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Titans want to hang up on Adelphia
Football team says bankrupt telecom missed $500K naming rights payment; wants to seek new sponsor.
May 23, 2002: 5:08 PM EDT
By Chris Isidore, CNN/Money staff writer

NEW YORK (CNN/Money) - The Tennessee Titans football team wants to hang up on Adelphia Business Solutions, the bankrupt telecommunications company that has its name on the team's Nashville, Tenn., stadium.

The team and city and county stadium authority filed a motion in U.S. bankruptcy court in New York seeking to have Adelphia become current in payments to the team or immediately give up the naming rights on the Adelphia Coliseum so that the team can seek a new sponsor. The company, which was spun off from troubled cable operator Adelphia Communications Corp. earlier this year, filed for bankruptcy protection March 27.

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The team's filing said that under the 15-year, $30 million naming agreement reached in 1999, the team was to receive $2 million a year in four equal quarterly payments. The company, which provides fiber-optic long-distance and broadband services, missed its $500,000 payment May 15, according to the court filing.

The Tennessee Titans want Adelphia Business Solutions to become current in its payments to the team or take its name off of the Nashville stadium.  
The Tennessee Titans want Adelphia Business Solutions to become current in its payments to the team or take its name off of the Nashville stadium.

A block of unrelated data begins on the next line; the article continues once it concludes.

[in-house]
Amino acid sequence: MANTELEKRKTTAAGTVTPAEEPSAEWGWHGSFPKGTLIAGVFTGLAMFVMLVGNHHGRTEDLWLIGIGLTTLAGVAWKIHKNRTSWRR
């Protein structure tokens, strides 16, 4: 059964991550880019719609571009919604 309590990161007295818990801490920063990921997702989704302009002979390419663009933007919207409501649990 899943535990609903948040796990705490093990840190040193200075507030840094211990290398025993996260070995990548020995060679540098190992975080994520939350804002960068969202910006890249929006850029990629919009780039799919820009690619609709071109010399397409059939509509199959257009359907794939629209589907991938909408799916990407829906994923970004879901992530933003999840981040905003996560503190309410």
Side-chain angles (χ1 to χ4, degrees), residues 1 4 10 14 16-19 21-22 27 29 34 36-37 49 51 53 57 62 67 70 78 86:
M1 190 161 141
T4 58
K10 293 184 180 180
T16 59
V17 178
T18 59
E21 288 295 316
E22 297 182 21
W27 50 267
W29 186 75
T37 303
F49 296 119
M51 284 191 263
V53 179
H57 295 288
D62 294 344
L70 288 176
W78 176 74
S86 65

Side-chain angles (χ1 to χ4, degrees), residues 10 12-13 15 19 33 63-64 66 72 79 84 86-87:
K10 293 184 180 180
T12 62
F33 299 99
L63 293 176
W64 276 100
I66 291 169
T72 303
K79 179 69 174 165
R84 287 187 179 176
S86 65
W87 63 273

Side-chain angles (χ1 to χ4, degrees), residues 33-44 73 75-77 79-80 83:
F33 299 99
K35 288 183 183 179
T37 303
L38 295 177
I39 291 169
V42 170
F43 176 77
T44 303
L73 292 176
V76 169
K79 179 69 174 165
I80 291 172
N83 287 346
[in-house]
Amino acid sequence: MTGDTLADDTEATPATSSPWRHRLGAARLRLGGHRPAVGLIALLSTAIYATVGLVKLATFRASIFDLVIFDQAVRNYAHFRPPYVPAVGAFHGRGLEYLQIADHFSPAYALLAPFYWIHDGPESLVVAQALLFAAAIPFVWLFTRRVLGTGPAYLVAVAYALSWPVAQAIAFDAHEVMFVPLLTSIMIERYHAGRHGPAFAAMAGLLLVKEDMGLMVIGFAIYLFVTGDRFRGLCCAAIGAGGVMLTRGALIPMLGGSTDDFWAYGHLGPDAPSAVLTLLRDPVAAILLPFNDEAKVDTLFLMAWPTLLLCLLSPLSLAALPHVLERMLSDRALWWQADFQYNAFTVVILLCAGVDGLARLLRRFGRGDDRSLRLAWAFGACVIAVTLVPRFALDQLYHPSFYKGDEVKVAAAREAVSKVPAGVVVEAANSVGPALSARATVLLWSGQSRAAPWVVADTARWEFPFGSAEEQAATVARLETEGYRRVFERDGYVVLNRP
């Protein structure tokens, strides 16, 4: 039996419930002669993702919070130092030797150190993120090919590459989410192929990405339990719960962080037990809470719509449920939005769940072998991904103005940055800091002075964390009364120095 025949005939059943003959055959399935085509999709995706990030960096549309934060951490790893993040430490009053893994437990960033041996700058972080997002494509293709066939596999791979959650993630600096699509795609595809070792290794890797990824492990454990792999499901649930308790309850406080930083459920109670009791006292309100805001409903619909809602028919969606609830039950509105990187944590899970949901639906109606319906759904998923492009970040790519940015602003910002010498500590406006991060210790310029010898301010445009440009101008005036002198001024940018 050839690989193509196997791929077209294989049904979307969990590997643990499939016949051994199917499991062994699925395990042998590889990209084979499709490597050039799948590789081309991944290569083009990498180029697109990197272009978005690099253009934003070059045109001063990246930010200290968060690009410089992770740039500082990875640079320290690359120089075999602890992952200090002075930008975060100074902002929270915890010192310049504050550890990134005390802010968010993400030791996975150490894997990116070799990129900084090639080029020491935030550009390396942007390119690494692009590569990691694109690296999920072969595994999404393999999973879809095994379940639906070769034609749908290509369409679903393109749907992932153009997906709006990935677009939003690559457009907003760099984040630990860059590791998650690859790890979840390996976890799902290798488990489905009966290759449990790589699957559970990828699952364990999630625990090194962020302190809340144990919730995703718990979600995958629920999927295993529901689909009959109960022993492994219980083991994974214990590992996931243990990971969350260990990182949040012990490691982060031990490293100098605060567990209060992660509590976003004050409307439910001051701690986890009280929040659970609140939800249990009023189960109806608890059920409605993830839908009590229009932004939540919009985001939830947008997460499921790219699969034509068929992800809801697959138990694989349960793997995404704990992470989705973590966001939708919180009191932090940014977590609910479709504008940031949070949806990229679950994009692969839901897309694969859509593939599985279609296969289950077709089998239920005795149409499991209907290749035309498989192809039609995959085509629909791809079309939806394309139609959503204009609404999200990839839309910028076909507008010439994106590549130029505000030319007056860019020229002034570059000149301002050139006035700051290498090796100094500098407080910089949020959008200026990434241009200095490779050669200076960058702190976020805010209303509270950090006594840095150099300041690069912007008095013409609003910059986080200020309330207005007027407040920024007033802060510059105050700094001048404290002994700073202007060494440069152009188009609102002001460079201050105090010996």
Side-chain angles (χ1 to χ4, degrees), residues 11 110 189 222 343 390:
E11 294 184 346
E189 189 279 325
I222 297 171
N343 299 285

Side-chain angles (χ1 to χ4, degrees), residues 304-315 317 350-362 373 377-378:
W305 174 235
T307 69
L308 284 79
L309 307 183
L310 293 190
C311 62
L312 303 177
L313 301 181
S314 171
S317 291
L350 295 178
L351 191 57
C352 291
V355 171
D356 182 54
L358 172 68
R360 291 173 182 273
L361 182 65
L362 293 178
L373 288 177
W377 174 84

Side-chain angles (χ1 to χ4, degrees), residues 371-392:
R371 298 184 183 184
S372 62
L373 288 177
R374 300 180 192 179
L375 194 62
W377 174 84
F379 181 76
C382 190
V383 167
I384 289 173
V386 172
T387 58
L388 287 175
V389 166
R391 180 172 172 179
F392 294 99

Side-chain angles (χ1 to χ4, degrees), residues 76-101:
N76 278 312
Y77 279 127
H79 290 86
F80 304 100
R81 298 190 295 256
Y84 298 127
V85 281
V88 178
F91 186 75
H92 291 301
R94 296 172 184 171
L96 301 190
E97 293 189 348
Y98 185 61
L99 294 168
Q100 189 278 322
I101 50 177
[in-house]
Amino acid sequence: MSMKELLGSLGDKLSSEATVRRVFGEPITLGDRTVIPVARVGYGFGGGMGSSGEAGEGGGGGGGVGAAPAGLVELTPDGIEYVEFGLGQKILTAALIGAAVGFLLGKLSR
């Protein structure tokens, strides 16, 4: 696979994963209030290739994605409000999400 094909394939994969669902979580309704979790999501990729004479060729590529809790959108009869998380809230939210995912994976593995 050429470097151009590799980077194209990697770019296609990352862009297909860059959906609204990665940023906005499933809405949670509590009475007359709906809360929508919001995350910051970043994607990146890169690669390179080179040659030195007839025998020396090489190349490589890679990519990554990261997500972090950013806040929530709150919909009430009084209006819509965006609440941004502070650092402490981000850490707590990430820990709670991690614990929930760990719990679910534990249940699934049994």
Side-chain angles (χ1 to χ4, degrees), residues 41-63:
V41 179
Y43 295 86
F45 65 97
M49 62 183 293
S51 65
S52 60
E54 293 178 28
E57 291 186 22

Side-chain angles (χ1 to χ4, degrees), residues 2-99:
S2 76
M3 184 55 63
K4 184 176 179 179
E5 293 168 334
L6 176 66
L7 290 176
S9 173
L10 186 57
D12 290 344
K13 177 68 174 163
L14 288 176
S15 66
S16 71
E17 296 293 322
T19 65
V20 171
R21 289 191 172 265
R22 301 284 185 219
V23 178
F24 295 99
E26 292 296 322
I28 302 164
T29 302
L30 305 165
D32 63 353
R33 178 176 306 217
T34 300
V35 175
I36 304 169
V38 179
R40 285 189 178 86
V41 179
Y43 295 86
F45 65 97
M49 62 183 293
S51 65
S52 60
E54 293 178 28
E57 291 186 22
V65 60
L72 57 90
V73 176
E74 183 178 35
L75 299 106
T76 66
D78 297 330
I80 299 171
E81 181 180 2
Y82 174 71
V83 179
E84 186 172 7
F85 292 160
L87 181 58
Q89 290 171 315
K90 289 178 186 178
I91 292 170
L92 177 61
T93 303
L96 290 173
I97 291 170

The team said that it needs a decision by June 20 to avoid spending more than $750,000 on branded merchandise such as tickets, programs and schedules with the name of the stadium on them. It also said it wants to avoid sending Adelphia $90,000 worth of tickets, as well access to the luxury box worth $125,000 that the company receives as part of the naming rights agreement.

"We would prefer to continue our relationship with Adelphia, but have unsuccessfully tried to ascertain Adelphia's near-term plans with respect to our promotional agreement for Adelphia Coliseum," said a statement from Steve Underwood, the team's general counsel. "This motion will give our organization needed direction and may assist both the Titans and Adelphia in moving forward with their business plans."

Adelphia spokesman Jeff Nodland said he couldn't comment on the filing or how the team will respond in court.

"We definitely have valued our relationship with the team, but I can't comment or speculate what will happen," he said.

The team said it believes it can find a new name for the stadium if Adelphia drops out in time for the new season.

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"In the event we are unable to continue our agreements with Adelphia, a timely resolution of our motion would give us an opportunity to secure other partners for naming rights for the Coliseum for the upcoming season," said Underwood's statement.

But finding companies to pay for naming rights has been more difficult in the current soft advertising market.

The state of Louisiana hired a firm to search for a sponsor for the Superdome home of the New Orleans Saints, but despite the stadium playing host to the Super Bowl last Februaryno sponsor has yet been found. The Houston Astros baseball team is also looking for a new sponsor for Astros Park after it won back the naming rights from bankrupt energy trader Enron Corp.

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The naming rights agreement on the Nashville stadium was originally reached with Hyperion Telecommunications, which was the name of the company before its purchase by cable operator Adelphia Communications Corp. Adelphia Communications spun off its 87 percent stake in Adelphia Business Solutions earlier this year before the bankruptcy.

Adelphia Communications has its own financial troubles. It announced Thursday it had to raise its reported level of debt to reflect $3.1 billion in borrowing by the Rigas family which was guaranteed by the company. The Rigas family had controlled both companies, but it gave up its control of the cable operations as part of an agreement announced Thursday.  Top of page